14th Street NW by the U Street corridor is rapidly becoming more upscale and full of high-end apartment complexes. (Erin Schaff/For The Washington Post)

I was walking along 14th Street NW in midtown Washington the other day and was impressed by the new look of the once-infamous strip. Where abandoned buildings and vacant lots had blighted the surrounding neighborhoods for decades, there were now chic new boutiques, home-furnishing stores, restaurants and condominiums.

But something vital was missing. There used to be thousands of black residents living and working along 14th Street. You could hear laughter and music. People sitting on the front stoops would shout greetings to passersby. There were children playing, young adults flirting and hardworking people trying to get a toehold on the economic ladder and claw their way up.

For years, the struggles of middle- and working-class black people animated life on 14th Street. Now all of that is gone. It’s been replaced by a stultifying air of aloofness. The millennial newcomers — most of them white — jog, bike and walk about the city as if in a trance, oblivious to the lives that helped form the place they now call home.

Because 14th Street looks so much better these days, it’s difficult to convey a sense of what has been lost.

What is particularly grating is a disregard for the history of 14th Street as a black commercial center, with the intersecting U Street as an entertainment hub. Once there were more than 245 variety stores, jewelry shops, boutiques, movie theaters, bars and carryout places along the street. But then came the assassination of Martin Luther King Jr., and virtually all was lost in the ensuing riots. For the next 30 years, residents would try to rebuild their communities, standing up to drug dealers and enduring years of violence on the streets.

And after risking life and limb and finally seeing light at the end of the tunnel, along comes an influx of new residents to reap the rewards.

In the window of a home-furnishing store, I saw a lamp that cost $400 and a console table for $1,999. Back in the 1980s, there was a used-car lot on the strip, and for the cost of that lamp and console, you could have driven off with a couple of clunkers and still had enough left for gas.

When it comes to appearances, a swank new furniture store beats an old car lot any day. But the car lot offered affordable transportation to working, poor residents. And that gave them a shot at finding better jobs that couldn’t be reached by bus or subway.

There has always been more to 14th Street than crime and a bunch of rundown buildings.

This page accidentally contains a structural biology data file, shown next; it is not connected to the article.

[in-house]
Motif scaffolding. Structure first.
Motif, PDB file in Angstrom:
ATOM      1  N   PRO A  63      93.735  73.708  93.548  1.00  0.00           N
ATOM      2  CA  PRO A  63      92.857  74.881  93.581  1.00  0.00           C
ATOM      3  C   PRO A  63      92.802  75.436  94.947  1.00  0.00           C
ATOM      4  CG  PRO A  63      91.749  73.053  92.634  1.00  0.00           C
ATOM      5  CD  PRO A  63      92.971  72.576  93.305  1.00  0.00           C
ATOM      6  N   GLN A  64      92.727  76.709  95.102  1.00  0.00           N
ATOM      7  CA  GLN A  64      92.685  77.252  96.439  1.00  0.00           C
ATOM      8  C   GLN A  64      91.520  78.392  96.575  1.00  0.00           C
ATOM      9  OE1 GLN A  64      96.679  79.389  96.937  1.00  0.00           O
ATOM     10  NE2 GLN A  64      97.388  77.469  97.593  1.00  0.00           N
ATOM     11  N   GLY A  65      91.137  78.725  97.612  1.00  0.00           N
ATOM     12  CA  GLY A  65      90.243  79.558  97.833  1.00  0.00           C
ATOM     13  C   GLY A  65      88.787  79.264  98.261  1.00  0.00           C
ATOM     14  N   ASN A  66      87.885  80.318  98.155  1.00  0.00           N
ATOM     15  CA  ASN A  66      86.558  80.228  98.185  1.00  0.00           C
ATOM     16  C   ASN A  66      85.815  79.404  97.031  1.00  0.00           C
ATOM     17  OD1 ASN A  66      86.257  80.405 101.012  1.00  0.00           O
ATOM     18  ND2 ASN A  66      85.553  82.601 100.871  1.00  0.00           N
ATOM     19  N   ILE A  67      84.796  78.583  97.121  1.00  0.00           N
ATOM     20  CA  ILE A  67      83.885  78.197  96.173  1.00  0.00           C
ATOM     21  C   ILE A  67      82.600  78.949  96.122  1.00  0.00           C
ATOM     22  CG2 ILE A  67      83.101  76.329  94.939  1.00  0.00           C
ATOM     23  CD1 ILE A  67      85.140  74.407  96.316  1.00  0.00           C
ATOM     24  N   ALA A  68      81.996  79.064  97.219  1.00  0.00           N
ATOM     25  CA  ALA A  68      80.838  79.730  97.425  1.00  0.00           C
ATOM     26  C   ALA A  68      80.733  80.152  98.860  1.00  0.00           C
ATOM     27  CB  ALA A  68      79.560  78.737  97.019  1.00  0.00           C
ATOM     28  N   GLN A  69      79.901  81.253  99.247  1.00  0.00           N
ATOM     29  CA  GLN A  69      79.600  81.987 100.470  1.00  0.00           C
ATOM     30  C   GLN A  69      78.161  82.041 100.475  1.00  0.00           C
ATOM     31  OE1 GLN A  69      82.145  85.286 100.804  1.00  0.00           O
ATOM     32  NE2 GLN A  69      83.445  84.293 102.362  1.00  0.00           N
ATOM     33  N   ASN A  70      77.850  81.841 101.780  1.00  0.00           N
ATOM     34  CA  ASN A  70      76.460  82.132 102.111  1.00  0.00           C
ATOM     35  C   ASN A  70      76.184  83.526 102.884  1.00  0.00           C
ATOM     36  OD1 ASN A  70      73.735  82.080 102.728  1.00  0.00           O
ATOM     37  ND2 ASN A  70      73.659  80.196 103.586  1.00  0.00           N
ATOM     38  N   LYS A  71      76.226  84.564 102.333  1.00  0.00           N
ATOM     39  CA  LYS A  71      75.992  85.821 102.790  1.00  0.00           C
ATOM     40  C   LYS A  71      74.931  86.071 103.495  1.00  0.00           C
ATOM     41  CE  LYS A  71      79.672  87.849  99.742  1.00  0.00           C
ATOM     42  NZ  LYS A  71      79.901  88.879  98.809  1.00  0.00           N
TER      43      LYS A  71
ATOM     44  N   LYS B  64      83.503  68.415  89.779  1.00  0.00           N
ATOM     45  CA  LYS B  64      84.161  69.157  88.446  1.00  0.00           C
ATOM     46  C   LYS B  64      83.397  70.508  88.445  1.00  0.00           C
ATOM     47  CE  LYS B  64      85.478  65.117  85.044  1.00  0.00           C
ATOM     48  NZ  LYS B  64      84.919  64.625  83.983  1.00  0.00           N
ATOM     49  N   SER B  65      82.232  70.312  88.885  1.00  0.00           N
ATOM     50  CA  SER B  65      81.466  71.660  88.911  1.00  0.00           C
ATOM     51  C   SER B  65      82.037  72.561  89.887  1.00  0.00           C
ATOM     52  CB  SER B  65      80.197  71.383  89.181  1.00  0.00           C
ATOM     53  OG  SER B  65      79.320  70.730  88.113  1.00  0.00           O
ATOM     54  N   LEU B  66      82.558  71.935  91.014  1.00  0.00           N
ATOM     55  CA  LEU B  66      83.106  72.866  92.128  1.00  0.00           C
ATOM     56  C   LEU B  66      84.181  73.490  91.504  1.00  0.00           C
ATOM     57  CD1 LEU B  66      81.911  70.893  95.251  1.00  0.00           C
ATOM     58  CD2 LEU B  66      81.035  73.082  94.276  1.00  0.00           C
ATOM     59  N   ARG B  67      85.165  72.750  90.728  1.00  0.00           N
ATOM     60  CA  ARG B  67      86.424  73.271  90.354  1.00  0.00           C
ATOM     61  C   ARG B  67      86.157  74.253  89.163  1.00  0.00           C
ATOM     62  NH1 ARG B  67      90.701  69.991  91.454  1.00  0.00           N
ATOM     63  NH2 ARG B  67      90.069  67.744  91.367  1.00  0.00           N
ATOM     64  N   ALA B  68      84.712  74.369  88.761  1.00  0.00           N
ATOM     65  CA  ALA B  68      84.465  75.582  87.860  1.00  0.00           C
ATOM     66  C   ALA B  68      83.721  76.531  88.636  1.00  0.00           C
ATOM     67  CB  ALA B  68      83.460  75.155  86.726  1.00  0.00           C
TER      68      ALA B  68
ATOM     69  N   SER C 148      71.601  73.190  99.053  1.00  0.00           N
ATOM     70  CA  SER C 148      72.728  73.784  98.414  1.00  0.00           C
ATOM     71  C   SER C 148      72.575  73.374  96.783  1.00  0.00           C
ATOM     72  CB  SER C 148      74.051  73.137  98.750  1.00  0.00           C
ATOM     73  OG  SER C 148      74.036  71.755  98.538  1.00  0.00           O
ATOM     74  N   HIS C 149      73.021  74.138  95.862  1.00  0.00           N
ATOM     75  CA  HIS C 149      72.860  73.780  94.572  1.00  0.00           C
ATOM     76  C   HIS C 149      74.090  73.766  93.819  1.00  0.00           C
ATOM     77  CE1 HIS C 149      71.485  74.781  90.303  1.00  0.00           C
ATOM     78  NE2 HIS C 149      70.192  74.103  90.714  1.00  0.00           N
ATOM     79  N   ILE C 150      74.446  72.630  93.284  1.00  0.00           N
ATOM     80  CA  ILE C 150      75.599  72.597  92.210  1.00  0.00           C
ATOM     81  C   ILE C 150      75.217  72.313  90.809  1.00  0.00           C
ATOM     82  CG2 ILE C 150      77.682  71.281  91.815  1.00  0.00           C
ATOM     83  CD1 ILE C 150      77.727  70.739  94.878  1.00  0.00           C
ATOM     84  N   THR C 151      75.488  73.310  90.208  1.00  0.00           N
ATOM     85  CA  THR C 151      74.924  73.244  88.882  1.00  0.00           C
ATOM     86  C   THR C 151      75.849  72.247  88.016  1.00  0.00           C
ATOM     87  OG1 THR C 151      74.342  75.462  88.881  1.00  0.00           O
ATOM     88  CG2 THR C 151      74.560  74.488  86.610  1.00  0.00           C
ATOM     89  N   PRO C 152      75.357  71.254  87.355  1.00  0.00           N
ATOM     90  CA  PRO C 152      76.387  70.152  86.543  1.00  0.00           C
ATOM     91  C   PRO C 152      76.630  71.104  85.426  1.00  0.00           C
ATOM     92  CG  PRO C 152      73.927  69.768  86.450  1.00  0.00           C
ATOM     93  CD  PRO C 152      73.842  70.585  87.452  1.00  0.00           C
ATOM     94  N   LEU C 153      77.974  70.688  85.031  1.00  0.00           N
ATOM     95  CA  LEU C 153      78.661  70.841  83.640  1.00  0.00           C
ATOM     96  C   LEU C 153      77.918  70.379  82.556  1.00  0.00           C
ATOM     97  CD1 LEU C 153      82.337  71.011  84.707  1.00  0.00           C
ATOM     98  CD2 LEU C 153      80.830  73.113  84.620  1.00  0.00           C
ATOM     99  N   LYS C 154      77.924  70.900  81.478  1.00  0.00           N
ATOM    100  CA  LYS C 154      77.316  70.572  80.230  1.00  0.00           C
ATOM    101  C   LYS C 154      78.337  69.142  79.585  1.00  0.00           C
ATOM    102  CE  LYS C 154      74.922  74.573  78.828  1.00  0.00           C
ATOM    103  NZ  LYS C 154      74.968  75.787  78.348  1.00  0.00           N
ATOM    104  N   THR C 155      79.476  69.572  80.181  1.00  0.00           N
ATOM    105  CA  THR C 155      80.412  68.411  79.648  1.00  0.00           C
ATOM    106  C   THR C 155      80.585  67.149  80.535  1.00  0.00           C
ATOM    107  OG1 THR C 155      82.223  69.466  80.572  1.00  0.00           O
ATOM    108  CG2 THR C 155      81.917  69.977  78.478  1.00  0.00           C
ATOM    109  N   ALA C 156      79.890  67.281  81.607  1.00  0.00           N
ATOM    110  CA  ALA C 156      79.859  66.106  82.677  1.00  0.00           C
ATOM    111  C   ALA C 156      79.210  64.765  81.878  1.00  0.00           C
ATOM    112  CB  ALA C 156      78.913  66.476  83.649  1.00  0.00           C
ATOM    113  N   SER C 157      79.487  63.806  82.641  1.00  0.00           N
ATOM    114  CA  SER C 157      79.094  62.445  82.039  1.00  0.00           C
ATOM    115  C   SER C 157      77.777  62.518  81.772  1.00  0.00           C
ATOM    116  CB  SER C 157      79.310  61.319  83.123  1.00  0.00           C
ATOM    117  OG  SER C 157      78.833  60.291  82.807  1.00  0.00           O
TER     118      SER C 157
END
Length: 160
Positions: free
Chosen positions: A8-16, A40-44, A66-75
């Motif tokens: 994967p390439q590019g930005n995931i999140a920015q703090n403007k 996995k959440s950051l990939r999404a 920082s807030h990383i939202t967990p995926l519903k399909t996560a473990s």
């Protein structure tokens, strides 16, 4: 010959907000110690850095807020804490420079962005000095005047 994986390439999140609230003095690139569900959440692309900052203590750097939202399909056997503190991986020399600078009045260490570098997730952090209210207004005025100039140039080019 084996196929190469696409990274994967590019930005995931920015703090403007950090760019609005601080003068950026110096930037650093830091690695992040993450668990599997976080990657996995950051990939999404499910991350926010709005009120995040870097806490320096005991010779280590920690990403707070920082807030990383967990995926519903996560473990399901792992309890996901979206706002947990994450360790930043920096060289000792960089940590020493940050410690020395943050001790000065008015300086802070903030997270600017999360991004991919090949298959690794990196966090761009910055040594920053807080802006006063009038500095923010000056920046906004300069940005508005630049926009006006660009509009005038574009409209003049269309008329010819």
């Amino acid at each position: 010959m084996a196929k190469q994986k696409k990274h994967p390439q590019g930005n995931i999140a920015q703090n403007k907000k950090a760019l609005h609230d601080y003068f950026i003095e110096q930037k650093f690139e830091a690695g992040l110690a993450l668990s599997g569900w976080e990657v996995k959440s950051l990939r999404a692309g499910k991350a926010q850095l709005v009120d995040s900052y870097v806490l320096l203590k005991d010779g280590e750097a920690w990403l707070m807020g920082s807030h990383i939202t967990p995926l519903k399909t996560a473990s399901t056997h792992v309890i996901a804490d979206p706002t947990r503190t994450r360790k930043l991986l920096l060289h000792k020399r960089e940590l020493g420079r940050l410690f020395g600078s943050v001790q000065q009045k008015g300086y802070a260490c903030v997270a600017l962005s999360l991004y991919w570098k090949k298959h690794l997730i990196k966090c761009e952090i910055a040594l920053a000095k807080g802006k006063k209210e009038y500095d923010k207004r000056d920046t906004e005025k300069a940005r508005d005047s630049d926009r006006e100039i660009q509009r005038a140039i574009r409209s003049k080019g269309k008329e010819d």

I used to live at 14th and R in the 1980s, just as gentrification was starting to cause concerns among low-income residents. The displacement had been forecast in a 1978 study by the D.C. Rental Accommodations Office. Of the 25,000 residents who had been evicted from their homes and apartments during the previous five years, the report said, nearly half had come from the 14th Street and neighboring Shaw areas.

Another 75,000 were expected to be evicted during the subsequent five years, the report said, and the blows would keep on coming, year after year, unless the D.C. government did more to control the coming firestorm.

Nevertheless, in 1981, a poll taken by The Washington Post found widespread agreement among black and white residents that gentrification would benefit not just black neighborhoods but race relations overall.

By a 4-to-1 margin, white people believed that moving into renovated black neighborhoods was a “good thing,” as the poll put it. For black residents, the higher their income, the more likely they were to agree.

Back then, the city was 76 percent black. Today, it is less than 50 percent. Instead of white residents moving into black neighborhoods and everyone living in harmony, rents rose, property taxes increased and, in many instances, black residents were forced out.

As for the hope of black residents that gentrification would create a more racially integrated city — that has proved to be little more than a pipe dream. At best, what has come about during the past 30 years has been a more intimate kind of desegregation. Far too often, the swanky new restaurants are filled with a few black millennials at one table and white millennials at another.

But who you are more likely to see along this gilded avenue, clustered at many of the sidewalk cafes, are groups of young white people. A new gourmet magazine might cast the scene as a feast on 14th Street. But for those who have been priced out of the neighborhood, it might look more like white folks just gobbling up the last pieces of a Chocolate City.

To read previous columns, go to washingtonpost.com/milloy.